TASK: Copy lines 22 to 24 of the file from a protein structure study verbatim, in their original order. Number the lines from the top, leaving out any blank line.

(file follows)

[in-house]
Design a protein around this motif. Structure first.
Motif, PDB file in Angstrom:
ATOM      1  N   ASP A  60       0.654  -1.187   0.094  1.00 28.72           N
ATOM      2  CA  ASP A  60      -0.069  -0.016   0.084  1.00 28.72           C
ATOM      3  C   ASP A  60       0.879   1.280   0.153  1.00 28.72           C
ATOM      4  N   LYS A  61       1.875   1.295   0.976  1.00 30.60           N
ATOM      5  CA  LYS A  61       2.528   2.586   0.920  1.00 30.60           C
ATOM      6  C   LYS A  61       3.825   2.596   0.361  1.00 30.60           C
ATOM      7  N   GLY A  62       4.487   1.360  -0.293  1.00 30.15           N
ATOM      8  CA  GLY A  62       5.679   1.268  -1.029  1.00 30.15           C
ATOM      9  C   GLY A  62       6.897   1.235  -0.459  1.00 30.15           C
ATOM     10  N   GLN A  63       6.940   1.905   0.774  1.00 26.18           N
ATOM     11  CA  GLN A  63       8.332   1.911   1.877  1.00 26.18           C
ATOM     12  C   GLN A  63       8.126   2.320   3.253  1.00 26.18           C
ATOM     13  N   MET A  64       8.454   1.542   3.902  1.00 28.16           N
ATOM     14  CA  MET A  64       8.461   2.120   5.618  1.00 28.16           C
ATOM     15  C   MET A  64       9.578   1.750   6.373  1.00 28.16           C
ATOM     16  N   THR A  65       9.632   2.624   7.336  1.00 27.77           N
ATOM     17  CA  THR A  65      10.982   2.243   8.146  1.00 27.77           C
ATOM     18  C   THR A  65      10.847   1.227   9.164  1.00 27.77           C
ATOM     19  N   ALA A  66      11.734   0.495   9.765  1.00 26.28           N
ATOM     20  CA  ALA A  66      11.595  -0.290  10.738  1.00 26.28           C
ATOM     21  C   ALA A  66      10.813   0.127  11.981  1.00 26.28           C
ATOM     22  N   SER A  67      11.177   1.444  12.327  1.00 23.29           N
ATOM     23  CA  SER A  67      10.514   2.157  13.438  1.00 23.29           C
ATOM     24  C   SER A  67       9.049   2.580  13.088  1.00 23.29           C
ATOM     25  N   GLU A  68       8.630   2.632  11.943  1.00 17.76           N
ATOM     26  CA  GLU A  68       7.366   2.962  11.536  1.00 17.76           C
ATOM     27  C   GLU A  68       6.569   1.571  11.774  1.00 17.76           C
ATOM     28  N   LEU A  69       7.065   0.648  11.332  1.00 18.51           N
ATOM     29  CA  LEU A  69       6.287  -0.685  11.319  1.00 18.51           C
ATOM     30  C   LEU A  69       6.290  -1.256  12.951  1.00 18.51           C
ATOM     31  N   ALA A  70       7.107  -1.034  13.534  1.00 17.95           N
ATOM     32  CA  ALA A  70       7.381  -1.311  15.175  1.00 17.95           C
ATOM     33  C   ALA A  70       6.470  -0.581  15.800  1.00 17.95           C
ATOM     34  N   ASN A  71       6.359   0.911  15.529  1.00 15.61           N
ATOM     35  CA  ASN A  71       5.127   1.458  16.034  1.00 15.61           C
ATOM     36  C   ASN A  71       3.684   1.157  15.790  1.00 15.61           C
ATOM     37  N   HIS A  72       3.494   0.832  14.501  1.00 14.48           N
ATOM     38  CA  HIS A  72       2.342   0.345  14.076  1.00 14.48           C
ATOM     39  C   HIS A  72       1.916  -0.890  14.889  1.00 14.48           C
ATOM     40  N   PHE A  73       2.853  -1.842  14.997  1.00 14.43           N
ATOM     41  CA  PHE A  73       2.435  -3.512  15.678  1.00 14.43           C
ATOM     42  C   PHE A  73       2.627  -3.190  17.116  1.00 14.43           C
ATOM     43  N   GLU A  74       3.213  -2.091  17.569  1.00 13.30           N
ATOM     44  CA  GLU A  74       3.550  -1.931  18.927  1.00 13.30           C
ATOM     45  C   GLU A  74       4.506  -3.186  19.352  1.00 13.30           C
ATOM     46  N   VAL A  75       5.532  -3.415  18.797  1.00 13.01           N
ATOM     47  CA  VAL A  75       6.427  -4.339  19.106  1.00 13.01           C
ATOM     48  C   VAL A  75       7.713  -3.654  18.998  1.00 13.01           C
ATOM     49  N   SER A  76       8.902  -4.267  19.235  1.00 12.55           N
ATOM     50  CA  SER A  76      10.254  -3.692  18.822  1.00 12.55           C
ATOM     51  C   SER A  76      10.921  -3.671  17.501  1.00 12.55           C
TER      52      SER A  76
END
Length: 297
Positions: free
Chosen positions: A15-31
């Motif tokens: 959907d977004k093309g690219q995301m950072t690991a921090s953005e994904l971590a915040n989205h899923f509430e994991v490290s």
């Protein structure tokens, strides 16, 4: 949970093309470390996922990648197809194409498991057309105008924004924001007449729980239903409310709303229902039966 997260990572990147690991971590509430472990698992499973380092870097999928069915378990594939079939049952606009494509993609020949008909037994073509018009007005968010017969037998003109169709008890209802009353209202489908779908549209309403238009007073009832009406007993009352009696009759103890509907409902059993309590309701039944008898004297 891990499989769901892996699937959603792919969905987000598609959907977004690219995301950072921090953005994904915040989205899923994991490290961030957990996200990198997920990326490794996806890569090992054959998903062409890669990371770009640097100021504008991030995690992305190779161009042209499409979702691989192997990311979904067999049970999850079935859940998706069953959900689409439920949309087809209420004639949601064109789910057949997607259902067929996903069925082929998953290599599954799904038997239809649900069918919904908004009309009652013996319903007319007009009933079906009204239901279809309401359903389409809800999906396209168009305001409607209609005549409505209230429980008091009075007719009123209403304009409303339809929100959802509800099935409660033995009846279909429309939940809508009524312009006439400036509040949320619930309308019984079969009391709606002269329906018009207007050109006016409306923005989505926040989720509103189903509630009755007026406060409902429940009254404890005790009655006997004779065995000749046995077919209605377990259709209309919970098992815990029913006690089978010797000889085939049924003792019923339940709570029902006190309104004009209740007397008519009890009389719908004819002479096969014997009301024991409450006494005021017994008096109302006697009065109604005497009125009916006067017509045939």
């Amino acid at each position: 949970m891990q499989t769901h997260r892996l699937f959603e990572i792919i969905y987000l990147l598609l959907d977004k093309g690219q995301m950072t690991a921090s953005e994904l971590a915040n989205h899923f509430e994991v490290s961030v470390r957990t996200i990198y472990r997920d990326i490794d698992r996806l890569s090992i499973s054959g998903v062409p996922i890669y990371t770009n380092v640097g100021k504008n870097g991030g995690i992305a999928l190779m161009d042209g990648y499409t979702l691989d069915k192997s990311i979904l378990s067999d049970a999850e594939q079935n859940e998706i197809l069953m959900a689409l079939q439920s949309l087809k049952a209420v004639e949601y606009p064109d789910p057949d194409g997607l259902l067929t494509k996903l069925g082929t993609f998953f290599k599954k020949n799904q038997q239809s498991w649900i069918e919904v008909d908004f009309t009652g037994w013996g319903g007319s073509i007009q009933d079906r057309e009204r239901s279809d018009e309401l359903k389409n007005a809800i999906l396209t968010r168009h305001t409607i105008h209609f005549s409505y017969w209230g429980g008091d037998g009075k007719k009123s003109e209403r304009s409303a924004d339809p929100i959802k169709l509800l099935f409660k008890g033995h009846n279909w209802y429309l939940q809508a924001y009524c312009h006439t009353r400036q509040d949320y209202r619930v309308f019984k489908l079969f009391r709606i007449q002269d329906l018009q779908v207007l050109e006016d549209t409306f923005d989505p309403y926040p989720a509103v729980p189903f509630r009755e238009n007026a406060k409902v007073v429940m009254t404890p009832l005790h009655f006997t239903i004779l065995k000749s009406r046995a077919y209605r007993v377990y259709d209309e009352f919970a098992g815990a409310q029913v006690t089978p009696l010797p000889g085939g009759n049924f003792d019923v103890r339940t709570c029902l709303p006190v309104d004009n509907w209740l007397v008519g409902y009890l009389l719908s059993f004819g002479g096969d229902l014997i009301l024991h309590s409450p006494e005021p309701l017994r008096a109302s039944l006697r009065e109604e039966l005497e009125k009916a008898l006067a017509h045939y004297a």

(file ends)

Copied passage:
ATOM     19  N   ALA A  66      11.734   0.495   9.765  1.00 26.28           N
ATOM     20  CA  ALA A  66      11.595  -0.290  10.738  1.00 26.28           C
ATOM     21  C   ALA A  66      10.813   0.127  11.981  1.00 26.28           C